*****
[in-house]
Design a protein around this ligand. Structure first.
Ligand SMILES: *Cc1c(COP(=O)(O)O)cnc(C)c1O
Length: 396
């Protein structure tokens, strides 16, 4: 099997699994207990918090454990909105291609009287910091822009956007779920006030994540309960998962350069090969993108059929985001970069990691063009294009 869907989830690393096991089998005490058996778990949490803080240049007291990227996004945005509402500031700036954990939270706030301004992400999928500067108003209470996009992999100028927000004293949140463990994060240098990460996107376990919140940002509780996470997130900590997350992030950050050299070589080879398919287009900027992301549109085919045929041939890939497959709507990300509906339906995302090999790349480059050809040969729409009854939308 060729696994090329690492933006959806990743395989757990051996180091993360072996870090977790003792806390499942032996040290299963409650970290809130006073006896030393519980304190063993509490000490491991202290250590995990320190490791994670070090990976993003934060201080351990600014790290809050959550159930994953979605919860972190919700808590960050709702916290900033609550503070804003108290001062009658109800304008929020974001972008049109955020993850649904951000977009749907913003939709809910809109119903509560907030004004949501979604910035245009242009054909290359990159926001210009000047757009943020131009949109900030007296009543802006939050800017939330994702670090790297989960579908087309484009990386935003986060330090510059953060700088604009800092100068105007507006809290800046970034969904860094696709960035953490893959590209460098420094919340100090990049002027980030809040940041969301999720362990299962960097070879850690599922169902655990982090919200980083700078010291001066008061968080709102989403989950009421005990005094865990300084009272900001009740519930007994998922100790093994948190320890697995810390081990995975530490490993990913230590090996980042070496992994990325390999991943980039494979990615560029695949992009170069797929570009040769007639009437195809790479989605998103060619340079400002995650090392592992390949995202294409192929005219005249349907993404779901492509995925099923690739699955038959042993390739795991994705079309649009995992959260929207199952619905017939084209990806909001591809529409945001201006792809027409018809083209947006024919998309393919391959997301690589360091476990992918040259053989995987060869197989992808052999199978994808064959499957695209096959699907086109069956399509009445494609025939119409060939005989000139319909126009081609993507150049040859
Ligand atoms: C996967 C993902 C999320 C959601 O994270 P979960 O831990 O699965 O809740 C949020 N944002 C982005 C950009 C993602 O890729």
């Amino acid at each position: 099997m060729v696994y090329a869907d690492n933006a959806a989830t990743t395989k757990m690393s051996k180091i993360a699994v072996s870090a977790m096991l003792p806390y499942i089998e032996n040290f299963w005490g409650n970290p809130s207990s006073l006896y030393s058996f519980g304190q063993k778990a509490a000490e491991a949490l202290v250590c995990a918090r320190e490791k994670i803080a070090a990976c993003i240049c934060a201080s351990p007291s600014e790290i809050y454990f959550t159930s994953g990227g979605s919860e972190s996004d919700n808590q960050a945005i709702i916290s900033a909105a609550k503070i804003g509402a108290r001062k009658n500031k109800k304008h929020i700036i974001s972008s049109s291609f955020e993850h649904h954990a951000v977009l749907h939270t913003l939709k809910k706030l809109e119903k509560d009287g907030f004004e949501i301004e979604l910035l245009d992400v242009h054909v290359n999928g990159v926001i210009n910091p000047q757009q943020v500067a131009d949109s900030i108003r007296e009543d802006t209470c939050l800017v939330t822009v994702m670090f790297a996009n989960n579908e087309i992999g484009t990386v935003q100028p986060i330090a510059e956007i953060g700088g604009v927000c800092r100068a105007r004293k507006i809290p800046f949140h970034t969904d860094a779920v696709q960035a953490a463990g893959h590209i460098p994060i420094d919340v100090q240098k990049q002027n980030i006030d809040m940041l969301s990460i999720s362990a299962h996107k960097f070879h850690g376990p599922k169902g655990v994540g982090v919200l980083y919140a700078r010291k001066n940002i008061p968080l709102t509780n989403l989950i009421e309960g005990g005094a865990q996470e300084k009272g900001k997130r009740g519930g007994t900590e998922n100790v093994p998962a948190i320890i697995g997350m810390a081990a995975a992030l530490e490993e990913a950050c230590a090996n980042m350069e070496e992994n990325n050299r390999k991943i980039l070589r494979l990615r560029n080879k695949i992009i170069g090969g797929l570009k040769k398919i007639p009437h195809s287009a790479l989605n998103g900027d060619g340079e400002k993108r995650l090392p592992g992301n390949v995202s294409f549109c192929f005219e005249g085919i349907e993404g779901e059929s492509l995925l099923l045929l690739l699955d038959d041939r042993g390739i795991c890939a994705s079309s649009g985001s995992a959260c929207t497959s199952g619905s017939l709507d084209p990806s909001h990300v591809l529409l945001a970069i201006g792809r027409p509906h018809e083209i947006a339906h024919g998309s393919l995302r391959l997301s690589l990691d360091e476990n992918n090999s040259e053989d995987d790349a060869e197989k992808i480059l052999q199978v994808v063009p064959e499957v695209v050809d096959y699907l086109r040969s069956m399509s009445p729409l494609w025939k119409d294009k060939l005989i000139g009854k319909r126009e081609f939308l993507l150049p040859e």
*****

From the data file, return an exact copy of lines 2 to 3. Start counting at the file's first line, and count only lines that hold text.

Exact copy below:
Design a protein around this ligand. Structure first.
Ligand SMILES: *Cc1c(COP(=O)(O)O)cnc(C)c1O